Since I interviewed Daniella Hodgson for HOT street style about two years ago, she has been very busy, writes Bevali Francis. After studying marine biology and coastal ecology at Plymouth University and leaving with a first class honours degree, she has just returned from a trip to South Africa where she was assisting in a study of great white sharks.
Daniella has written a paper on Plastic ingestion and fragmentation by Orchestia gammarellus. Or in terms I can understand, she studied sand hoppers and what they eat.
Daniella started experiments with sand hoppers because she was very concerned with the devastating effect plastic is having on the world’s environments.
We have all seen the odd plastic bag floating in sea but have we ever thought of the implications that bag can have? I am aware that turtles and other marine creatures often eat bags mistaking them for jelly fish; unfortunately eating the plastic can result in killing the animals. I did not realise sea birds are also vulnerable to eating the plastic and their stomachs can often be full of plastic, which is usually discovered after the birds are found dead.
Daniella has discovered these smaller sea creatures are devouring plastic too. She conducted a controlled experiment on sand hoppers and different kinds of plastic. Disturbingly these small creatures feed on the microscopic material that colonises the plastic over time in the marine environment along with the plastic itself. It seems they will ingest all types of plastic as they feed. The sand hoppers do not retain the plastic in their bodies but excrete it as micro-plastic. This can have serious implications in the increase of plastic fragments in the marine environment and in the bioaccumulation of plastics in the food chain.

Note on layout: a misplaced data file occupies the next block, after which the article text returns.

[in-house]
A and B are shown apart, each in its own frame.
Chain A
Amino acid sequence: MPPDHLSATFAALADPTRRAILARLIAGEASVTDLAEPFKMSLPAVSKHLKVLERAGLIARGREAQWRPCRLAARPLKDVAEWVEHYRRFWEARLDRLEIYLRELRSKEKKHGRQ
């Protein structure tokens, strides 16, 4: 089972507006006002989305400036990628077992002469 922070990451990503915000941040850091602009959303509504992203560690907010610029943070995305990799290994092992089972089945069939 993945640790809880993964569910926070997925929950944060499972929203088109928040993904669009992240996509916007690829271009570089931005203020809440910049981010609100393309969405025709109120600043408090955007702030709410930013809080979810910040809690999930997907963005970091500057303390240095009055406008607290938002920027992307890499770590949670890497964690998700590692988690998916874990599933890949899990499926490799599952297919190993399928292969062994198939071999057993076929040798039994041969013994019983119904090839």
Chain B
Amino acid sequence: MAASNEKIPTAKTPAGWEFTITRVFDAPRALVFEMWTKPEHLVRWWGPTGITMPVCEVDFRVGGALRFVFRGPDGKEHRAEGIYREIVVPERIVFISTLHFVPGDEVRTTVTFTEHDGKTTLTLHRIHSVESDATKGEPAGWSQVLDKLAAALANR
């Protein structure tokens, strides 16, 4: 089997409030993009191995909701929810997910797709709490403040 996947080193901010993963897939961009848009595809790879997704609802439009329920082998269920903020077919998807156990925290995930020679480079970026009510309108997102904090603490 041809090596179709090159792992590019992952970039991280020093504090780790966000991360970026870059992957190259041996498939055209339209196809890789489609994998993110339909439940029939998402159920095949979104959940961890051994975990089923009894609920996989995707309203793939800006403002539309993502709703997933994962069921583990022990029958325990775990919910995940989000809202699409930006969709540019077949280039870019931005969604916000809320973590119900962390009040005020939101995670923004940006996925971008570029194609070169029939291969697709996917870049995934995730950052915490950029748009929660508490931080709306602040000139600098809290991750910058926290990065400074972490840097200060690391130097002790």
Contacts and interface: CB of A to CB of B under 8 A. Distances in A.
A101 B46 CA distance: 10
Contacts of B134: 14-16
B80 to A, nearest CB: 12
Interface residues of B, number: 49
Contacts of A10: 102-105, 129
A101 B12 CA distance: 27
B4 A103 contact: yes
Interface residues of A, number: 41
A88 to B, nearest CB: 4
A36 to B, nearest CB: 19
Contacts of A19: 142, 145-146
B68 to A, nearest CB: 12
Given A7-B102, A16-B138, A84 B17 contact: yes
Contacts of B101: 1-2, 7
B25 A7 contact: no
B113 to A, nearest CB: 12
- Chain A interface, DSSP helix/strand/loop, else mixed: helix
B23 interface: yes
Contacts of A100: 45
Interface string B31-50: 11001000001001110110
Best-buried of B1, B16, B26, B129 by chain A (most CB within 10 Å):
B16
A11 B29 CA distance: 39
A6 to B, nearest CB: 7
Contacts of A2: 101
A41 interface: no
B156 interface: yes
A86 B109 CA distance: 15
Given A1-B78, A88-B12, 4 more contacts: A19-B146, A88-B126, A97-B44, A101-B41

“The effects of plastic in the food chain could be devastating for numerous reasons,” Daniella tells me. “Not only can plastic ingestion cause direct effects such as blockages and lacerations, plastic can also absorb harmful chemicals such as PCBs and heavy metal which have the potential to be transferred into the animals who ingest them. This could lead to increased risk of disease and reproductive disorders and could ultimately lead to death.”
Worryingly global plastic production has rapidly increased since the 1950s. Polyethylene, one of the plastics used in Daniela’s experiments, can take more than 100 years to degrade and 50-80% of the total marine litter is plastic. To protect our marine environment and ultimately our planet we need to take steps to halt the epidemic of plastic litter in the sea.
“We can do this by changing very simple things in our everyday lives,” says Daniela. “If we limited how many products we buy wrapped in plastic, lessen our plastic usage by using long-life fabric bags and dispose of our litter to make sure it does not end up where it can be eaten by wild life, we can all help lessen the impact plastic is having on our environment. If we can all make small lifestyle changes, maybe we can all help towards protecting our seas”.